Explaining of media use
History and Orientation
Originated in the 1970s as a reaction to traditional mass communication research emphasizing the sender and the message. Stressing the active audience and user instead. Psychological orientation taking needs, motives and gratifications of media users as the main point of departure.
Core Assumptions and Statements
Core: Uses and gratifications theory attempts to explain the uses and functions of the media for individuals, groups, and society in general. There are three objectives in developing uses and gratifications theory: 1) to explain how individuals use mass communication to gratify their needs. “What do people do with the media”. 2) to discover underlying motives for individuals’ media use. 3) to identify the positive and the negative consequences of individual media use. At the core of uses and gratifications theory lies the assumption that audience members actively seek out the mass media to satisfy individual needs.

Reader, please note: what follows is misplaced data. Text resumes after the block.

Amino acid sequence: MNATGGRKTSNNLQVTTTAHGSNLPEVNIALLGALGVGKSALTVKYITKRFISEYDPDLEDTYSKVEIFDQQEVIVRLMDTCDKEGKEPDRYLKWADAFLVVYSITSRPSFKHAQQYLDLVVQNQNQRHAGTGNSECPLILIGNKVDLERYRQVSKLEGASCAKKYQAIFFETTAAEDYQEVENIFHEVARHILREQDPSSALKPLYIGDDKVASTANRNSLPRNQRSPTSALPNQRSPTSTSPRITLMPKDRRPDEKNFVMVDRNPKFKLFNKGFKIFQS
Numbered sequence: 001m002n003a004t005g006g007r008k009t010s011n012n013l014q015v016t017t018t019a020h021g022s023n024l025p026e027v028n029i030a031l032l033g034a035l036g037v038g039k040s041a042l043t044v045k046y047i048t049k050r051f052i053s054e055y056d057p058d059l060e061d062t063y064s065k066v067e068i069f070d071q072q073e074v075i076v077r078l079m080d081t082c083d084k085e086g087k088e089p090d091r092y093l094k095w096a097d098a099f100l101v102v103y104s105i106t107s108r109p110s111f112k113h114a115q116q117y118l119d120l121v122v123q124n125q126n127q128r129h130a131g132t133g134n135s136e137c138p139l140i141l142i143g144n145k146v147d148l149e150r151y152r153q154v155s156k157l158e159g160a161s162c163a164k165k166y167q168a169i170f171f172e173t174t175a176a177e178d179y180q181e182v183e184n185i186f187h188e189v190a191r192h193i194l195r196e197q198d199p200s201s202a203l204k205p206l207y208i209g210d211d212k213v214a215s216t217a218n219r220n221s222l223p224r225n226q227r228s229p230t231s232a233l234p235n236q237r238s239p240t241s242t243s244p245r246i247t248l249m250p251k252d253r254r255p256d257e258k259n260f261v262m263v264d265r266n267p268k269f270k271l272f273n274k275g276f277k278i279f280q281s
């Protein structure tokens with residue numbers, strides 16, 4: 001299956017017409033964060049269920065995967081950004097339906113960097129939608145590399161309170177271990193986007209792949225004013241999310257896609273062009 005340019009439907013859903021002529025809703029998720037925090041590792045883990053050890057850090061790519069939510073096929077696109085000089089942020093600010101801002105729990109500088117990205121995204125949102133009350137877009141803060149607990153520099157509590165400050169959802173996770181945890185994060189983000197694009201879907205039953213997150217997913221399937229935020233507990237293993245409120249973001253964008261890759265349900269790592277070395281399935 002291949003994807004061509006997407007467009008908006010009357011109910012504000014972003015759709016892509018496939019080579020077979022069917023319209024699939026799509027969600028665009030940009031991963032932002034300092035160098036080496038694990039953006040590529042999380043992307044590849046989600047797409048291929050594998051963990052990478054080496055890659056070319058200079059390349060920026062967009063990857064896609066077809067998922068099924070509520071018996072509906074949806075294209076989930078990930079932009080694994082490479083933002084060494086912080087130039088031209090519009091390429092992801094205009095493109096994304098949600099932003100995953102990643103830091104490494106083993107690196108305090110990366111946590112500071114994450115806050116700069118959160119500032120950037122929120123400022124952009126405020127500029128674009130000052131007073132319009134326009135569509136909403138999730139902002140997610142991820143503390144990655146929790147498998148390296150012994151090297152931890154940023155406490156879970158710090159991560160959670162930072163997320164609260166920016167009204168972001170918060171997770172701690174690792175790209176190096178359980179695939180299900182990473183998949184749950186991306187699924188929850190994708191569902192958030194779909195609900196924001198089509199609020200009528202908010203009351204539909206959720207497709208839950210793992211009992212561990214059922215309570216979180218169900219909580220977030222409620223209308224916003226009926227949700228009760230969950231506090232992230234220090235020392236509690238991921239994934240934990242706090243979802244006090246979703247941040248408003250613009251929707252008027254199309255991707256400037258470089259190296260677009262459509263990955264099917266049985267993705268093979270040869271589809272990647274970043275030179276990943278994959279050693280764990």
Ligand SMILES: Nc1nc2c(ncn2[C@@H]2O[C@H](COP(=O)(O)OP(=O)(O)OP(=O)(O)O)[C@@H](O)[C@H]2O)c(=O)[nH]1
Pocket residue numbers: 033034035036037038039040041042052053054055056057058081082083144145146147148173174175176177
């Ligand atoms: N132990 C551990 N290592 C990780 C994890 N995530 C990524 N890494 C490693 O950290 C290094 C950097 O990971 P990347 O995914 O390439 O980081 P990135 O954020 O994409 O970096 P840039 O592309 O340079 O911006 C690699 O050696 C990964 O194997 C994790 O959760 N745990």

Statement: A medium will be used more when the existing motives to use the medium leads to more satisfaction.
Source: Rosengren (1974)
Qualitative and quantitative questionnaires and observations among individual users of media.
Demographics, usage patterns, rating scales of needs, motivation and gratification
Scope and Application
Scope: the acceptance and use of new and old media and media content according to the needs of the users/receivers.
Application: all users and receivers research; adopting innovations.
Leung, L. & Wei, R. (2000). More than just talk on the move: Uses and Gratifications of the Cellular Phone, Journalism & Mass Communication Quarterly, 77(2), 308-320.
Mobility, immediacy and instrumentality are found to be the strongest instrumental motives in predicting the use of cellular phones, followed by intrinsic factors such as affection/sociability. Based on survey research in Hong Kong 1999.
- Boer, C. de & S. Brennecke (1999/2003). De Uses and Gratifications benadering. In: Boer, C. de & S. Brennecke, Media en publiek, Theorieën over media-impact (97-115). Amsterdam: Boom.
- McQuail, D. (2001). With More Handsight: Conceptual Problems and Some Ways Forward for Media Use Research. Communications, 26(4), 337-350.